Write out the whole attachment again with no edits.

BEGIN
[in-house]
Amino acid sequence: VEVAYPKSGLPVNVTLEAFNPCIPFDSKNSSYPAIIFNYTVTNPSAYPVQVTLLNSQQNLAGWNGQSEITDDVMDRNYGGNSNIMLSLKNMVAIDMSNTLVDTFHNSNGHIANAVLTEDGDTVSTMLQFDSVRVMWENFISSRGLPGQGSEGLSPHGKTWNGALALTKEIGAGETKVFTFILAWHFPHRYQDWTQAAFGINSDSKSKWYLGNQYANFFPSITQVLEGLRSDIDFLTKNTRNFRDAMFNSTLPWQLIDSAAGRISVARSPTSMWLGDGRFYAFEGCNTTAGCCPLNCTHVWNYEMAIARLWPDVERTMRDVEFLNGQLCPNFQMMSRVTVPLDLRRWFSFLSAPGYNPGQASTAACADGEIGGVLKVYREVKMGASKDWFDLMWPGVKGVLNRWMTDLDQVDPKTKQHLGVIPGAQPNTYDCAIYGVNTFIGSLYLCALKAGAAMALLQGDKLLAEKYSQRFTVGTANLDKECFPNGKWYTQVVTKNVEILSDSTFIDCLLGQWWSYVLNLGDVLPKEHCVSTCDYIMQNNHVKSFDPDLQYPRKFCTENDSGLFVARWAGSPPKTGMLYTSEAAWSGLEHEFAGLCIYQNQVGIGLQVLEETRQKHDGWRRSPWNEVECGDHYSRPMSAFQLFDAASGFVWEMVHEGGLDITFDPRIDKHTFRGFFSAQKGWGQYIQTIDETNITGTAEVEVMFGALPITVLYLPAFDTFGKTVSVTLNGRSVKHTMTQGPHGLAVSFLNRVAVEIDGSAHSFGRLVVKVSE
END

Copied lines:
[in-house]
Amino acid sequence: VEVAYPKSGLPVNVTLEAFNPCIPFDSKNSSYPAIIFNYTVTNPSAYPVQVTLLNSQQNLAGWNGQSEITDDVMDRNYGGNSNIMLSLKNMVAIDMSNTLVDTFHNSNGHIANAVLTEDGDTVSTMLQFDSVRVMWENFISSRGLPGQGSEGLSPHGKTWNGALALTKEIGAGETKVFTFILAWHFPHRYQDWTQAAFGINSDSKSKWYLGNQYANFFPSITQVLEGLRSDIDFLTKNTRNFRDAMFNSTLPWQLIDSAAGRISVARSPTSMWLGDGRFYAFEGCNTTAGCCPLNCTHVWNYEMAIARLWPDVERTMRDVEFLNGQLCPNFQMMSRVTVPLDLRRWFSFLSAPGYNPGQASTAACADGEIGGVLKVYREVKMGASKDWFDLMWPGVKGVLNRWMTDLDQVDPKTKQHLGVIPGAQPNTYDCAIYGVNTFIGSLYLCALKAGAAMALLQGDKLLAEKYSQRFTVGTANLDKECFPNGKWYTQVVTKNVEILSDSTFIDCLLGQWWSYVLNLGDVLPKEHCVSTCDYIMQNNHVKSFDPDLQYPRKFCTENDSGLFVARWAGSPPKTGMLYTSEAAWSGLEHEFAGLCIYQNQVGIGLQVLEETRQKHDGWRRSPWNEVECGDHYSRPMSAFQLFDAASGFVWEMVHEGGLDITFDPRIDKHTFRGFFSAQKGWGQYIQTIDETNITGTAEVEVMFGALPITVLYLPAFDTFGKTVSVTLNGRSVKHTMTQGPHGLAVSFLNRVAVEIDGSAHSFGRLVVKVSE